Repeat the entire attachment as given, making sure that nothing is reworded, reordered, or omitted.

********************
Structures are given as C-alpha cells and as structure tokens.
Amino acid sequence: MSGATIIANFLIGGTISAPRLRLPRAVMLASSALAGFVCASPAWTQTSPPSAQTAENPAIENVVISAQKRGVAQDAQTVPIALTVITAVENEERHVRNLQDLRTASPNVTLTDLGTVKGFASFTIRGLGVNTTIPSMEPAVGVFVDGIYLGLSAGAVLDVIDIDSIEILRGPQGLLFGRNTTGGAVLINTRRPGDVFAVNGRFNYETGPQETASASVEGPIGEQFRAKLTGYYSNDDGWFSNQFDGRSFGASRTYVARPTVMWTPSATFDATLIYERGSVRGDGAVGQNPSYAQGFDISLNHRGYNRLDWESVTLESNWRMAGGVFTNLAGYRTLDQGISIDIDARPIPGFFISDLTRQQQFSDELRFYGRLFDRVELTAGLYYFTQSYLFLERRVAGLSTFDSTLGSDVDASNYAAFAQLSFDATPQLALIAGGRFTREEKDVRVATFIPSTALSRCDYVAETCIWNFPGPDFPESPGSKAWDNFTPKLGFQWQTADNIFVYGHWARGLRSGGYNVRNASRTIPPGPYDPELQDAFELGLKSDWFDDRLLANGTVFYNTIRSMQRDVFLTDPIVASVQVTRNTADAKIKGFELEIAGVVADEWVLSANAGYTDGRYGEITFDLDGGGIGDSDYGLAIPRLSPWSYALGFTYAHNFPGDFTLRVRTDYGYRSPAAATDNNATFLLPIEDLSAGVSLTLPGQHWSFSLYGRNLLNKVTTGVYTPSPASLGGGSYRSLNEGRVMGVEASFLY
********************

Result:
Structures are given as C-alpha cells and as structure tokens.
Amino acid sequence: MSGATIIANFLIGGTISAPRLRLPRAVMLASSALAGFVCASPAWTQTSPPSAQTAENPAIENVVISAQKRGVAQDAQTVPIALTVITAVENEERHVRNLQDLRTASPNVTLTDLGTVKGFASFTIRGLGVNTTIPSMEPAVGVFVDGIYLGLSAGAVLDVIDIDSIEILRGPQGLLFGRNTTGGAVLINTRRPGDVFAVNGRFNYETGPQETASASVEGPIGEQFRAKLTGYYSNDDGWFSNQFDGRSFGASRTYVARPTVMWTPSATFDATLIYERGSVRGDGAVGQNPSYAQGFDISLNHRGYNRLDWESVTLESNWRMAGGVFTNLAGYRTLDQGISIDIDARPIPGFFISDLTRQQQFSDELRFYGRLFDRVELTAGLYYFTQSYLFLERRVAGLSTFDSTLGSDVDASNYAAFAQLSFDATPQLALIAGGRFTREEKDVRVATFIPSTALSRCDYVAETCIWNFPGPDFPESPGSKAWDNFTPKLGFQWQTADNIFVYGHWARGLRSGGYNVRNASRTIPPGPYDPELQDAFELGLKSDWFDDRLLANGTVFYNTIRSMQRDVFLTDPIVASVQVTRNTADAKIKGFELEIAGVVADEWVLSANAGYTDGRYGEITFDLDGGGIGDSDYGLAIPRLSPWSYALGFTYAHNFPGDFTLRVRTDYGYRSPAAATDNNATFLLPIEDLSAGVSLTLPGQHWSFSLYGRNLLNKVTTGVYTPSPASLGGGSYRSLNEGRVMGVEASFLY